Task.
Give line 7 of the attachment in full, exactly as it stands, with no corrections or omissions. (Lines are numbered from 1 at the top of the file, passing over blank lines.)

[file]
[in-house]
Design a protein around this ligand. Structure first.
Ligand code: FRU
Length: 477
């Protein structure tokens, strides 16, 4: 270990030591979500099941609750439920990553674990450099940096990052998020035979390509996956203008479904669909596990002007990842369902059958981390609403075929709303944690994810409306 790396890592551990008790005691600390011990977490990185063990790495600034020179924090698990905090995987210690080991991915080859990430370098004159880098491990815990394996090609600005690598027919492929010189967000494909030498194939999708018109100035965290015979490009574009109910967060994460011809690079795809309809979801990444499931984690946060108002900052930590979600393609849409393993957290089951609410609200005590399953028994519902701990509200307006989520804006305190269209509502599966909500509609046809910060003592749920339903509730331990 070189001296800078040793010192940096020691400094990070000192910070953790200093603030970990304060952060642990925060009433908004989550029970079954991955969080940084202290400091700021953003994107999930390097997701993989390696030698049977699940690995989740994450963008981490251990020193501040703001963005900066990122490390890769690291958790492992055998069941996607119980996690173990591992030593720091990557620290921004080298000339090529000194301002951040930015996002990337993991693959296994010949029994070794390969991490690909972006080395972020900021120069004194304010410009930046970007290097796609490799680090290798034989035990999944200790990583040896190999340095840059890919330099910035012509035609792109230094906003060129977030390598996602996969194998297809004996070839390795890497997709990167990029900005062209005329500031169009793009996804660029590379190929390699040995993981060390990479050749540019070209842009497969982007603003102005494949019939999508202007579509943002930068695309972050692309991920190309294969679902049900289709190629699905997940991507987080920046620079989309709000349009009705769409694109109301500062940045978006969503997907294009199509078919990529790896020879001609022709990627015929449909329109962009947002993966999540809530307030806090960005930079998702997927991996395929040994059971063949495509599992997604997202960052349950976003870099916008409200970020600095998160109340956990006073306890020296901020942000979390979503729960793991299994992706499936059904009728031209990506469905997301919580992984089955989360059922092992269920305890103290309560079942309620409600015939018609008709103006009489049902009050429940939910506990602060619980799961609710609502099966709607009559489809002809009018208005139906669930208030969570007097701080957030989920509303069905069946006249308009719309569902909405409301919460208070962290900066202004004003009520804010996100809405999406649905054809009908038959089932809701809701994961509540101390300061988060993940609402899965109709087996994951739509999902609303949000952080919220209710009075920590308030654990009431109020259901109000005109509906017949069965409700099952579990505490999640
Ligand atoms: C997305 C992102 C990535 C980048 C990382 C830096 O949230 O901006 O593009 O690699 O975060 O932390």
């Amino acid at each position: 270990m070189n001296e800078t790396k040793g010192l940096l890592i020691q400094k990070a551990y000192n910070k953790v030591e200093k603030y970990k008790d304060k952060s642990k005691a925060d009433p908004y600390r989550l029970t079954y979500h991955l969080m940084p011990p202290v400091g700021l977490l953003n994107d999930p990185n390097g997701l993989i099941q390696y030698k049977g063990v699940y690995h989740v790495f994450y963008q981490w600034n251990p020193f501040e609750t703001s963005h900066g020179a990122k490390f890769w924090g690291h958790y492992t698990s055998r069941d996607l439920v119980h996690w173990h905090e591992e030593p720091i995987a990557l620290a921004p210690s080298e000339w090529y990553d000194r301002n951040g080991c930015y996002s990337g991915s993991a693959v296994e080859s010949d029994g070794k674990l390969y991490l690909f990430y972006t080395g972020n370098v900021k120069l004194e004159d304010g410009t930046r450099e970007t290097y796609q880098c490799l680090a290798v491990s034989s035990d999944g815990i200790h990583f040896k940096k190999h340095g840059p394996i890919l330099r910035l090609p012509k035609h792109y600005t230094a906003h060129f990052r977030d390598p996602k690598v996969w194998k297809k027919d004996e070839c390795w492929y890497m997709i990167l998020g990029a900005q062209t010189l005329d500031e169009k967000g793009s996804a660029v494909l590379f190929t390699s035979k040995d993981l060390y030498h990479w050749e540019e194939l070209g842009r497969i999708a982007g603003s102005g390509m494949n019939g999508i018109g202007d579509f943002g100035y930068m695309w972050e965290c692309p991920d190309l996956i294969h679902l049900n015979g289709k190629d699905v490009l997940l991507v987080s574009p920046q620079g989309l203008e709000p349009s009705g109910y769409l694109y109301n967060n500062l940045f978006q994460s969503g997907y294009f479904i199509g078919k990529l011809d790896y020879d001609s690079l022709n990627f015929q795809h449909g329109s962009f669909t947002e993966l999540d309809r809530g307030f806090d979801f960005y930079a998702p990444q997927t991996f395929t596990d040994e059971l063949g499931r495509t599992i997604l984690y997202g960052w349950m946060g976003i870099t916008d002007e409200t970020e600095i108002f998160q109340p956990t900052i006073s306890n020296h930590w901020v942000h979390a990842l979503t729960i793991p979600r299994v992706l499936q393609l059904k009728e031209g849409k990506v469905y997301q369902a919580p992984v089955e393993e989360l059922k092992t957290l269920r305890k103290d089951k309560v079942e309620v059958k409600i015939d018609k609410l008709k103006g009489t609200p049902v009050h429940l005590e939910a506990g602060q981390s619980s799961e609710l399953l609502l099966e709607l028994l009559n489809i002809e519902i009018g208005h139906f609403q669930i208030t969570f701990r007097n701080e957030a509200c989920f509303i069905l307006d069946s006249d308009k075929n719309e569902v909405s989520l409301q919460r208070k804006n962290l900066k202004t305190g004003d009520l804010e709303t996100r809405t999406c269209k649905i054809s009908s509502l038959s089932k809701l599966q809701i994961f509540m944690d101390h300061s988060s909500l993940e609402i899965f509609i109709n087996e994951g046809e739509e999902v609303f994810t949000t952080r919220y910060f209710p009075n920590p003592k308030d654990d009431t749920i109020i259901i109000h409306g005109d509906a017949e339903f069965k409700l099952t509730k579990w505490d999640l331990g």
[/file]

């Amino acid at each position: 270990m070189n001296e800078t790396k040793g010192l940096l890592i020691q400094k990070a551990y000192n910070k953790v030591e200093k603030y970990k008790d304060k952060s642990k005691a925060d009433p908004y600390r989550l029970t079954y979500h991955l969080m940084p011990p202290v400091g700021l977490l953003n994107d999930p990185n390097g997701l993989i099941q390696y030698k049977g063990v699940y690995h989740v790495f994450y963008q981490w600034n251990p020193f501040e609750t703001s963005h900066g020179a990122k490390f890769w924090g690291h958790y492992t698990s055998r069941d996607l439920v119980h996690w173990h905090e591992e030593p720091i995987a990557l620290a921004p210690s080298e000339w090529y990553d000194r301002n951040g080991c930015y996002s990337g991915s993991a693959v296994e080859s010949d029994g070794k674990l390969y991490l690909f990430y972006t080395g972020n370098v900021k120069l004194e004159d304010g410009t930046r450099e970007t290097y796609q880098c490799l680090a290798v491990s034989s035990d999944g815990i200790h990583f040896k940096k190999h340095g840059p394996i890919l330099r910035l090609p012509k035609h792109y600005t230094a906003h060129f990052r977030d390598p996602k690598v996969w194998k297809k027919d004996e070839c390795w492929y890497m997709i990167l998020g990029a900005q062209t010189l005329d500031e169009k967000g793009s996804a660029v494909l590379f190929t390699s035979k040995d993981l060390y030498h990479w050749e540019e194939l070209g842009r497969i999708a982007g603003s102005g390509m494949n019939g999508i018109g202007d579509f943002g100035y930068m695309w972050e965290c692309p991920d190309l996956i294969h679902l049900n015979g289709k190629d699905v490009l997940l991507v987080s574009p920046q620079g989309l203008e709000p349009s009705g109910y769409l694109y109301n967060n500062l940045f978006q994460s969503g997907y294009f479904i199509g078919k990529l011809d790896y020879d001609s690079l022709n990627f015929q795809h449909g329109s962009f669909t947002e993966l999540d309809r809530g307030f806090d979801f960005y930079a998702p990444q997927t991996f395929t596990d040994e059971l063949g499931r495509t599992i997604l984690y997202g960052w349950m946060g976003i870099t916008d002007e409200t970020e600095i108002f998160q109340p956990t900052i006073s306890n020296h930590w901020v942000h979390a990842l979503t729960i793991p979600r299994v992706l499936q393609l059904k009728e031209g849409k990506v469905y997301q369902a919580p992984v089955e393993e989360l059922k092992t957290l269920r305890k103290d089951k309560v079942e309620v059958k409600i015939d018609k609410l008709k103006g009489t609200p049902v009050h429940l005590e939910a506990g602060q981390s619980s799961e609710l399953l609502l099966e709607l028994l009559n489809i002809e519902i009018g208005h139906f609403q669930i208030t969570f701990r007097n701080e957030a509200c989920f509303i069905l307006d069946s006249d308009k075929n719309e569902v909405s989520l409301q919460r208070k804006n962290l900066k202004t305190g004003d009520l804010e709303t996100r809405t999406c269209k649905i054809s009908s509502l038959s089932k809701l599966q809701i994961f509540m944690d101390h300061s988060s909500l993940e609402i899965f509609i109709n087996e994951g046809e739509e999902v609303f994810t949000t952080r919220y910060f209710p009075n920590p003592k308030d654990d009431t749920i109020i259901i109000h409306g005109d509906a017949e339903f069965k409700l099952t509730k579990w505490d999640l331990g």